In neurology, dominant refers to the side of the brain where the ability to recognise and create speech resides.

In most people, this is the left side of the brain.

A dominant, in color photography, is a color that came out stronger than it was supposed to, generally to the detriment of its complementary color (not to be confused with color shift).
Usually, when inspecting a color print, you can recognize cyan, magenta, yellow, green, blue and red dominants; recognizing the dominant gets you half way to getting a good color print.
Nearly everybody can tell if "the colors are off", but it is more difficult to guess at the dominant: a useful tool for determining which color is crushing the others is a set of viewing filters, that also helps in correcting the filterpack.

Regarding sex, a Dominant (often capitalized) is the one who appears to be in control in a Dominance & submission relationship, which can include elements of sadomasochism and/or bondage (but doesn't have to). "Dominant" is often shortened to "Dom", the female spelling being "Domme"; pronunciation is identical. Though sadism is frequently associated with dominance, the correlation does not occur 100% of the time.

In music, the dominant is the (usually, unless you are *very* strange indeed) fifth chord in the key. In other words, in the key of C Major, the chord would be G Major.

The dominant is almost always Major. This is because Major chords are typically considered more resolute and have "less entropy" (to introduce some pseudoscience to the topic) than Minor or other chords.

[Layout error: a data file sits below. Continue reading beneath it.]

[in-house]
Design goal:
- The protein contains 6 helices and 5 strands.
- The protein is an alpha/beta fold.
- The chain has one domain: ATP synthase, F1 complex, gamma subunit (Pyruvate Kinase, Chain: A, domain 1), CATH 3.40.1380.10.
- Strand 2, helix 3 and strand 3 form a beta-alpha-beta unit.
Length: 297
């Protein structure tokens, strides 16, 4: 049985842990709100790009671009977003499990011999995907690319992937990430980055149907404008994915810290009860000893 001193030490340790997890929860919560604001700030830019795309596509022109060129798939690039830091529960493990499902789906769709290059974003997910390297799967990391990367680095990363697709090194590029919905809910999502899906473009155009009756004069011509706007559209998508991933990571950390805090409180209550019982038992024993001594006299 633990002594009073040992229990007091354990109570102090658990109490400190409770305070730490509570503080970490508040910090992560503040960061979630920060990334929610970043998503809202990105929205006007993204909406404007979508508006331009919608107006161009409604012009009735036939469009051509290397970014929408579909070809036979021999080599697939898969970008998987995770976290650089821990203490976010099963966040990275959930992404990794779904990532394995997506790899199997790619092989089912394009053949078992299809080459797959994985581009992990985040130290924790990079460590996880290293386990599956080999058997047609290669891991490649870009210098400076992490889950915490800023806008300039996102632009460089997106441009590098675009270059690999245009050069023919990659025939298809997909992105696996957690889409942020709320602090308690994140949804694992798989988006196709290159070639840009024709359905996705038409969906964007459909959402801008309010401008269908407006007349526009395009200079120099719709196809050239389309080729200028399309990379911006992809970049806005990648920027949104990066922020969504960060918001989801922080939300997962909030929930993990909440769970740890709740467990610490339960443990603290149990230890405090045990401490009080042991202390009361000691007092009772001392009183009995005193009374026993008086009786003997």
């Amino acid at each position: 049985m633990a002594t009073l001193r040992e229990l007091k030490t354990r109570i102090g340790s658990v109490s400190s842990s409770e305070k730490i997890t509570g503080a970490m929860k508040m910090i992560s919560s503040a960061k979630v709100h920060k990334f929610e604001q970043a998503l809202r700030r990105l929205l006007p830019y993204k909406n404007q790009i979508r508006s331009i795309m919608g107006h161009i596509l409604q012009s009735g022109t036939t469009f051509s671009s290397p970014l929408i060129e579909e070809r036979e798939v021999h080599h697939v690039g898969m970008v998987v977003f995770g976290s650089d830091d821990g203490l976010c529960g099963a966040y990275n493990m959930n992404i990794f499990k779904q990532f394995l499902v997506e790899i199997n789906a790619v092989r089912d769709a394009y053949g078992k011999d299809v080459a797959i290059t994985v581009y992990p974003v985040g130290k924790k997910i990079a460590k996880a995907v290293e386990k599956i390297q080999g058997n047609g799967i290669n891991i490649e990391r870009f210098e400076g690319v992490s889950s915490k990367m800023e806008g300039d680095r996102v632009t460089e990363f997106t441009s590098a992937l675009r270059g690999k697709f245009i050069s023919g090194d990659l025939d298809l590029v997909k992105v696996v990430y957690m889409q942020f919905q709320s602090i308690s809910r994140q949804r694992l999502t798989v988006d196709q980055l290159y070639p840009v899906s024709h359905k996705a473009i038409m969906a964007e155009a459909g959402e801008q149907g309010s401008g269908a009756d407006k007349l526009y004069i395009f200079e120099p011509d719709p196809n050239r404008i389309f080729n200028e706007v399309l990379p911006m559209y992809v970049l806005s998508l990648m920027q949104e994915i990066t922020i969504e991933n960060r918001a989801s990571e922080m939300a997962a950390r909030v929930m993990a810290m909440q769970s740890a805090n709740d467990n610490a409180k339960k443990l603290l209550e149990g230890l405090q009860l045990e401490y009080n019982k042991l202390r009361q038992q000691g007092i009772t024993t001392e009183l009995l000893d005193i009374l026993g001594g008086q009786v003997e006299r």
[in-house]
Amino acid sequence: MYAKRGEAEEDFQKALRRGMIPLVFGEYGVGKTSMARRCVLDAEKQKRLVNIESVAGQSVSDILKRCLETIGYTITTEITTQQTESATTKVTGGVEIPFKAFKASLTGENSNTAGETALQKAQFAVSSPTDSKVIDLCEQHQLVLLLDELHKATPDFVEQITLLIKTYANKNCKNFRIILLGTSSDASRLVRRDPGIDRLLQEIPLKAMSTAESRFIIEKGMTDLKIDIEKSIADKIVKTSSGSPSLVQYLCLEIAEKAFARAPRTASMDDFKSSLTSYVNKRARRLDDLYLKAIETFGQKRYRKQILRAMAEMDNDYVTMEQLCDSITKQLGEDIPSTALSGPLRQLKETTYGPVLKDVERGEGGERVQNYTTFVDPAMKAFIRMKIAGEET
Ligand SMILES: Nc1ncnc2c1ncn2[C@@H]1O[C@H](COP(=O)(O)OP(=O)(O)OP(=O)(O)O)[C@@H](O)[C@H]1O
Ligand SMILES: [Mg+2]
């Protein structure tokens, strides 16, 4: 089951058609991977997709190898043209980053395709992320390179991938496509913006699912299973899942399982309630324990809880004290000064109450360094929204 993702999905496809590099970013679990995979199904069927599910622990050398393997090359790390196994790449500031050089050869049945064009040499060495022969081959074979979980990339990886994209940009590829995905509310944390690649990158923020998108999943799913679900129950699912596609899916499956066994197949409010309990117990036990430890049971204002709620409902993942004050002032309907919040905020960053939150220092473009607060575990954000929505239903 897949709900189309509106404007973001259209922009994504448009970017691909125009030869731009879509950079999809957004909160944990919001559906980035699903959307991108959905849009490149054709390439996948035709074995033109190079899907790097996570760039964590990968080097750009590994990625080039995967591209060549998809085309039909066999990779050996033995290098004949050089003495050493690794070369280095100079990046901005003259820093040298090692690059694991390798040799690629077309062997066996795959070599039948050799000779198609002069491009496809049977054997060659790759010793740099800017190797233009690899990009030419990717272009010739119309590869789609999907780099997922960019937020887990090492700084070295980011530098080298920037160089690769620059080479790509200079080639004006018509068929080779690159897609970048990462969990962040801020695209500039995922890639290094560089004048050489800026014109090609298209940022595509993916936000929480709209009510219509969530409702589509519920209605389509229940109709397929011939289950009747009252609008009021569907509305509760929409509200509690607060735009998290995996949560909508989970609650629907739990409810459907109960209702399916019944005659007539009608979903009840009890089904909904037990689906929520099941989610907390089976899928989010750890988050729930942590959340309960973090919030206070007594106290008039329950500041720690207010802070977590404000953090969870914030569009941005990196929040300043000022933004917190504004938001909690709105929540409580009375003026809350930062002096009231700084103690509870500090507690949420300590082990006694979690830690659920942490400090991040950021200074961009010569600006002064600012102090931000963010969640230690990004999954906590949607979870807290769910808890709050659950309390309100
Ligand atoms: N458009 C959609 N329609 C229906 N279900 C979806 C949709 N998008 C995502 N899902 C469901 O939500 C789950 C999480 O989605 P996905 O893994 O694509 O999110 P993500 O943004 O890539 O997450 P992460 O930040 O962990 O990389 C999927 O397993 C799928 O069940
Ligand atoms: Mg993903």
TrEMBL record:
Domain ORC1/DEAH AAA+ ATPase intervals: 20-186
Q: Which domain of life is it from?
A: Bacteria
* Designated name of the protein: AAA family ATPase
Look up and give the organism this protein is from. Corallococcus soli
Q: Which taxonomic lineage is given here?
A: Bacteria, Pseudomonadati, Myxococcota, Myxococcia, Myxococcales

Some scales, like the diminished scale, do not even have a proper dominant. This is because the fifth chord is diminished and is on a diminished degree of the scale. Dominants can only be Major, Minor, or a variation thereof.

Here is a list of strengths of various dominants:

Weak   |   Minor
  -    |   Major M7 
  -    |   Minor m7
  -    |   Major
Strong |   Major m7

To a lesser extent, any chord can accomplish the role of a dominant. Typically this is the leading tone, which is the chord one half-step below the tonic, or the first chord. The subdominant, or the fourth chord can also somewhat become a dominant.

But this is just child's play. There are also altered dominants, secondary dominants, and that whole modulation deal.

Dom"i*nant (?), a. [L. dominans, -antis, p. pr. of dominari: cf. F. dominant. See Dominate.]

Ruling; governing; prevailing; controlling; predominant; as, the dominant party, church, spirit, power.

The member of a dominant race is, in his dealings with the subject race, seldom indeed fraudulent, . . . but imperious, insolent, and cruel. Macaulay.

Dominant estatetenement Law, the estate to which a servitude or easement is due from another estate, the estate over which the servitude extends being called the servient estate or tenement. Bouvier. Wharton's Law Dict. -- Dominant owner Law, one who owns lands on which there is an easement owned by another.

Syn. -- Governing; ruling; controlling; prevailing; predominant; ascendant.


© Webster 1913.

Dom"i*nant, n. Mus.

The fifth tone of the scale; thus G is the dominant of C, A of D, and so on.

Dominant chord Mus., the chord based upon the dominant.


© Webster 1913.

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